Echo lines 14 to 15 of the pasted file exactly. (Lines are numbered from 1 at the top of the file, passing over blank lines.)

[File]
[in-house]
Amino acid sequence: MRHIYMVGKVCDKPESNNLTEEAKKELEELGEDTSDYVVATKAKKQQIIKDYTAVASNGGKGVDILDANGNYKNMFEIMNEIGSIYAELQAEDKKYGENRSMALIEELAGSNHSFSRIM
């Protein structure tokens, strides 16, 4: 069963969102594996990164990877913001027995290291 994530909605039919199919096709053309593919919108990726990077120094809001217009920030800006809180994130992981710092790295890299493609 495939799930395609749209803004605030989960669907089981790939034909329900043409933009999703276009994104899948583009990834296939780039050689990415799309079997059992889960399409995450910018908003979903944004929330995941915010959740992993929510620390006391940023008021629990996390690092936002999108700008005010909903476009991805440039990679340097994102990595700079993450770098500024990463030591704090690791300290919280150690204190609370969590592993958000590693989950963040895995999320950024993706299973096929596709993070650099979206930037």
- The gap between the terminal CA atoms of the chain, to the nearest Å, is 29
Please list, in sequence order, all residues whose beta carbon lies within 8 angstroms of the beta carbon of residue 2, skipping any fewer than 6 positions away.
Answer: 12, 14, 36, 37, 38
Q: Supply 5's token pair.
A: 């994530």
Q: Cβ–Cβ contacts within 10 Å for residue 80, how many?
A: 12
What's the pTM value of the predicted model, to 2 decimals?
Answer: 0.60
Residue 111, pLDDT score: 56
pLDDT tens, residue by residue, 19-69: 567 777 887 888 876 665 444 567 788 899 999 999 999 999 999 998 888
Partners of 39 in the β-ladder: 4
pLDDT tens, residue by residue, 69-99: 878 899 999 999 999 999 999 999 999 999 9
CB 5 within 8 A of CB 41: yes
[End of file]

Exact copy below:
pLDDT tens, residue by residue, 19-69: 567 777 887 888 876 665 444 567 788 899 999 999 999 999 999 998 888
Partners of 39 in the β-ladder: 4